Mozilla is out today with the Firefox 17 open source browser release, providing new user-facing features as well as improved security.
Among the key highlights of the release is the SocialAPI that Mozilla first began testing at the end of October. The SocialAPI provides a new type of integration capability for Firefox, enabling a very vibrant user experience for social networking services.
The first social network that Firefox is integrating with is Facebook, with more to come in the future. The initial beta period for the SocialAPI was a critical part of the development process.
“We fixed several minor bugs that the larger test audience helped expose and polished both the feature and API overall based on the beta feedback,” Gavin Sharp, Lead Firefox Engineer, told Datamation. “Having other developers reach out to us to ask questions about how the API works and what it could be used for was also pretty exciting – there’s a lot of potential here.”
When Mozilla first began to test the SocialAPI, Johnathan Nightingale, Senior Director of Firefox Engineering at Mozilla, explained that as users are browsing around reading stuff, they have the ability to share with a single click and and have the sidebar available so they can keep in touch.
“Social is an overlay on the work you’re already doing in the browser, it’s not a discrete task,” Nightingale said.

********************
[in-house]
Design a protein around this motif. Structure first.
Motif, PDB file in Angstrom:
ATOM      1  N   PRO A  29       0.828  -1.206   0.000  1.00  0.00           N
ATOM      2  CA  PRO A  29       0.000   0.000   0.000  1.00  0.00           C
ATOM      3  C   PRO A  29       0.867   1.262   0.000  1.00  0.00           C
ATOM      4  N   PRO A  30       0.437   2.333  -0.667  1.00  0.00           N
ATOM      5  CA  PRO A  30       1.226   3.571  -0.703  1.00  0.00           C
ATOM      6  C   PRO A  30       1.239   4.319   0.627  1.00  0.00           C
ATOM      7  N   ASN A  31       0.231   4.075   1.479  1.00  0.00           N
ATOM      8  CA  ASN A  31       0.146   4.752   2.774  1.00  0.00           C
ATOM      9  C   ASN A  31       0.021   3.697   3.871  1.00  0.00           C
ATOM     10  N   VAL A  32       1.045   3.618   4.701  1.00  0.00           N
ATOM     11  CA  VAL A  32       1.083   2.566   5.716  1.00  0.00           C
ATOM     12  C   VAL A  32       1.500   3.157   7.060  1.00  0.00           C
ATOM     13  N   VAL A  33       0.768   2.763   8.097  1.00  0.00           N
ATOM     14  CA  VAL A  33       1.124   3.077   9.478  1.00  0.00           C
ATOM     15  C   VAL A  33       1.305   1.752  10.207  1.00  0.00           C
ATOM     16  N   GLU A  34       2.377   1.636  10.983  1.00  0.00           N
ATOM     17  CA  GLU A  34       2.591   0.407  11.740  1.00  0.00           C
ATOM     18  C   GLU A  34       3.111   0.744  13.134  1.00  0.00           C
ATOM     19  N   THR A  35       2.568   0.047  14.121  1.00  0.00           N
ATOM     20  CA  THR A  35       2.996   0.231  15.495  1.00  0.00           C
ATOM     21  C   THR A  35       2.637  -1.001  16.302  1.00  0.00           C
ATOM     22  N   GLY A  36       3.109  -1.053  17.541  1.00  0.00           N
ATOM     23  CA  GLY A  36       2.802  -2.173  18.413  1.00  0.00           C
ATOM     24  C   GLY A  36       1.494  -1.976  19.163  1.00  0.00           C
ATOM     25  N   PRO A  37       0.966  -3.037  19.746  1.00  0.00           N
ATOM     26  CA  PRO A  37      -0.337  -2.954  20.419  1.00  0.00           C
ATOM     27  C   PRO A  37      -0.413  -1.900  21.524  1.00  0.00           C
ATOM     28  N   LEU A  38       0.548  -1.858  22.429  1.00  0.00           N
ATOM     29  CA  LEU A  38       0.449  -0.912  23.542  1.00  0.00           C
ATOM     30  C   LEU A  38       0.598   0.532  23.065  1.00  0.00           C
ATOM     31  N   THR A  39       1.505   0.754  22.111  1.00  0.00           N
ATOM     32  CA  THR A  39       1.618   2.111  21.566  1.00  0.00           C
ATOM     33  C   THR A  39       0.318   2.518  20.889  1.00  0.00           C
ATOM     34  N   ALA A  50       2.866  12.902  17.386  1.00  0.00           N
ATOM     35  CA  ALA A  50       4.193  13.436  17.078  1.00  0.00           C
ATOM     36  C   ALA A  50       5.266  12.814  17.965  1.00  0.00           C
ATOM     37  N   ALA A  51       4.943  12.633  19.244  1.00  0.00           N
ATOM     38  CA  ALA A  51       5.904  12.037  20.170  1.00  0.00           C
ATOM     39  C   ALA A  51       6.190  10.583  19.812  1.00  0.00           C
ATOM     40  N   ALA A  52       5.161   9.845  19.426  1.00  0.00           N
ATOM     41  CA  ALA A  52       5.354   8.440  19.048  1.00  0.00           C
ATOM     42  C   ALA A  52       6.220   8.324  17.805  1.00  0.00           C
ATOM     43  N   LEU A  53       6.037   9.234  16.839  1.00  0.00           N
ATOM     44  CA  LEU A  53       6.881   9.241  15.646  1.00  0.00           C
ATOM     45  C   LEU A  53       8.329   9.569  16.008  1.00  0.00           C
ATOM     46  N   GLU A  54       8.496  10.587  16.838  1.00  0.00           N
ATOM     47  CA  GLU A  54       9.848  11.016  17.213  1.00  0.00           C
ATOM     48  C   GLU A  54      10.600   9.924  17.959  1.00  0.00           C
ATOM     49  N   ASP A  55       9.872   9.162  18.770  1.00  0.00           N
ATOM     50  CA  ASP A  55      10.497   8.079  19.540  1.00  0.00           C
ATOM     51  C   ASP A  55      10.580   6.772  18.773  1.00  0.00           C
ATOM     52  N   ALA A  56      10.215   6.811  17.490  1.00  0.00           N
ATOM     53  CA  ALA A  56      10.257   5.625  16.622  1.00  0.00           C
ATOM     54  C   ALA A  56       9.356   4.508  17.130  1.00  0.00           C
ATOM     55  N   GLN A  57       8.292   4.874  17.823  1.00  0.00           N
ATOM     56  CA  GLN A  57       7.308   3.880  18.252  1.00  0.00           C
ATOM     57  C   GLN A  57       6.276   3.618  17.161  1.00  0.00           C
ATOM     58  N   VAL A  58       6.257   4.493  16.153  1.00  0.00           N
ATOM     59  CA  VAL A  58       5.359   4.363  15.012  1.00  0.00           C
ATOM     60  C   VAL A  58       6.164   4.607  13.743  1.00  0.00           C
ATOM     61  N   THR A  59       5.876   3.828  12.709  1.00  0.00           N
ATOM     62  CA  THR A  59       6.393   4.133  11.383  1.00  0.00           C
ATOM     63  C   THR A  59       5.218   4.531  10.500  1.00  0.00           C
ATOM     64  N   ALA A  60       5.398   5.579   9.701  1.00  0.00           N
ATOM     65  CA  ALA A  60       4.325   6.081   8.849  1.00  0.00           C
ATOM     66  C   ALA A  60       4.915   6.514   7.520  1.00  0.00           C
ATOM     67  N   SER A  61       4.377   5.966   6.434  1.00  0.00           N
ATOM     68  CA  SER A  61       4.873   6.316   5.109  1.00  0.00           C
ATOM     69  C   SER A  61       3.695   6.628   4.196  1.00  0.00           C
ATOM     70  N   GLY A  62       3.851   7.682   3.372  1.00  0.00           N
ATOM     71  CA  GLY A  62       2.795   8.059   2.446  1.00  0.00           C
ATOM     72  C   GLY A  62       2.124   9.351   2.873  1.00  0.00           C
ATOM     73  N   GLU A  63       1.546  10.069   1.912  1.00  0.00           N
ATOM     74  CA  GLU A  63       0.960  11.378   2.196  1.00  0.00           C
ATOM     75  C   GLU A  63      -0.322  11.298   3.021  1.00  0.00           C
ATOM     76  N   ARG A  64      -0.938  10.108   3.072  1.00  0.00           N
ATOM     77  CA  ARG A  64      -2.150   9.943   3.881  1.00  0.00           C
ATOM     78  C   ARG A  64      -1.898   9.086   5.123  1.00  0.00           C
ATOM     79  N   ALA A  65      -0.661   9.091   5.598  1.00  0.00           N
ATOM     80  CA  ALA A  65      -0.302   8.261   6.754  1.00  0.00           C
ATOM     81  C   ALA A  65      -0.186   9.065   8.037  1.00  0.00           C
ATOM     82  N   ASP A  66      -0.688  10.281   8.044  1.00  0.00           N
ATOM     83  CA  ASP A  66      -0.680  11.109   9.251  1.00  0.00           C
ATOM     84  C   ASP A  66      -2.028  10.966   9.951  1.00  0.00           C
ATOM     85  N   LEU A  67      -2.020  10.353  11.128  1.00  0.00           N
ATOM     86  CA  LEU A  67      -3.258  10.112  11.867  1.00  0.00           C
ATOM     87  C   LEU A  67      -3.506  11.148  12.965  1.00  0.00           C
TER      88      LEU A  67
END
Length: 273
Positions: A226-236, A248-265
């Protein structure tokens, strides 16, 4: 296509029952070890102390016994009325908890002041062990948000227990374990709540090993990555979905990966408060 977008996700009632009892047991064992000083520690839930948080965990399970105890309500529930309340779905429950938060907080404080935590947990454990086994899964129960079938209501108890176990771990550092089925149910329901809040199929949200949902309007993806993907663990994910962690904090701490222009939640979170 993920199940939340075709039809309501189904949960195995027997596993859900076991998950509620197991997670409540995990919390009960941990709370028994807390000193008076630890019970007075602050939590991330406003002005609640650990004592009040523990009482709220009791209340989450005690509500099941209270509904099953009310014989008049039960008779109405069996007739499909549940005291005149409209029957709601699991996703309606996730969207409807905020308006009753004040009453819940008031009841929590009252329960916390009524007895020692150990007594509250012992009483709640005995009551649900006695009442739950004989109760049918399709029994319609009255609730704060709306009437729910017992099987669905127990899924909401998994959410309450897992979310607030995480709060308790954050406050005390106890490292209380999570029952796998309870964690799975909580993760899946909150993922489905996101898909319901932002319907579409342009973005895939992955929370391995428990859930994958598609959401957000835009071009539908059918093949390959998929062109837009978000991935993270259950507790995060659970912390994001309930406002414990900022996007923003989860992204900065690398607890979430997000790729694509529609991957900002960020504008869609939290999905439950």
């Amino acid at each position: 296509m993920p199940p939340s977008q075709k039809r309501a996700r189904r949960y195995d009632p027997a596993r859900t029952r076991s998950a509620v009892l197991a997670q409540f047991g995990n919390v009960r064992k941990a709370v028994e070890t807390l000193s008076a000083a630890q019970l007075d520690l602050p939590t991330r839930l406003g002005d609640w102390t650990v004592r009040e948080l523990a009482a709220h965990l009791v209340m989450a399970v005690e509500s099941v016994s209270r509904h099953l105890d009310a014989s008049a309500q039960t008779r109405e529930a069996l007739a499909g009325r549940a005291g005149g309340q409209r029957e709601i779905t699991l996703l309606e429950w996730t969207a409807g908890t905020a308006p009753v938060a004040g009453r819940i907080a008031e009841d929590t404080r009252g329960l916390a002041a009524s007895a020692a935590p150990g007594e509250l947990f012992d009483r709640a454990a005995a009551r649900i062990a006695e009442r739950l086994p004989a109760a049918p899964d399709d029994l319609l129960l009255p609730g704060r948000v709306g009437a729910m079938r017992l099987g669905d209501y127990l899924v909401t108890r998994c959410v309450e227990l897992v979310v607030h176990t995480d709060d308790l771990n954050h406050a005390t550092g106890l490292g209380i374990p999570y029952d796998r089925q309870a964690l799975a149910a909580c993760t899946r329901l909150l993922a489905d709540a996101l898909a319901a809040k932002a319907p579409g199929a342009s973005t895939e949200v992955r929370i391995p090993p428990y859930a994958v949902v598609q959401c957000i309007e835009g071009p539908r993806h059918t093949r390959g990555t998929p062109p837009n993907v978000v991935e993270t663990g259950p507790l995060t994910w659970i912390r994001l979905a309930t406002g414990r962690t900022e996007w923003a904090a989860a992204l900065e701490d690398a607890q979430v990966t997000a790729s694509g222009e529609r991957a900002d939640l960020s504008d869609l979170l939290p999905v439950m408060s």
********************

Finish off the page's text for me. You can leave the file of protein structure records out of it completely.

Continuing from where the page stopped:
Mozilla has implemented various plugin protections over the years, and with Firefox 17, the open source browser group is going a step further. There is a class of plugins known as click-to-play that only activate when a user clicks. With Firefox 17, there is now a blocklist for click-to-play that provides an additional layer of security for users.
“By combining the safety of the blocklist with the flexibility of click-to-play, we now have an even more effective method of dealing with vulnerable or out-of-date plugins,” Mozilla developer David Keeler wrote. “Instead of choosing between vulnerable but useful (by allowing an old plugin to run automatically) and safe but less useful (by completely disabling old plugins), click-to-play blocklisted plugins gives the user the ability to make an informed decision depending on their current activity.”
Firefox 17 now also implements the HTML5 Sandbox attribute, which can isolate iFrame content in an effort to mitigate risk and improve security.
“If specified as an empty string, this attribute enables extra restrictions on the content that can appear in the inline frame,” the Mozilla developer documentation on the feature states. “The value of the attribute can be a space-separated list of tokens that lift particular restrictions.”
Mozilla is also expanding its mobile footprint with the Firefox 17 release. Starting with the new Firefox for Android 17 release, Mozilla is now supporting ARMv6 processors. Previously Firefox for Android only supported ARMv7.
“Given that roughly half of the nearly 500 million Android phones in use today run on ARMv6 architecture, this is an important step toward making the open Web free to all,” Mozilla stated.
Sean Michael Kerner is a senior editor at InternetNews.com, the news service of the IT Business Edge Network, the network for technology professionals Follow him on Twitter @TechJournalist.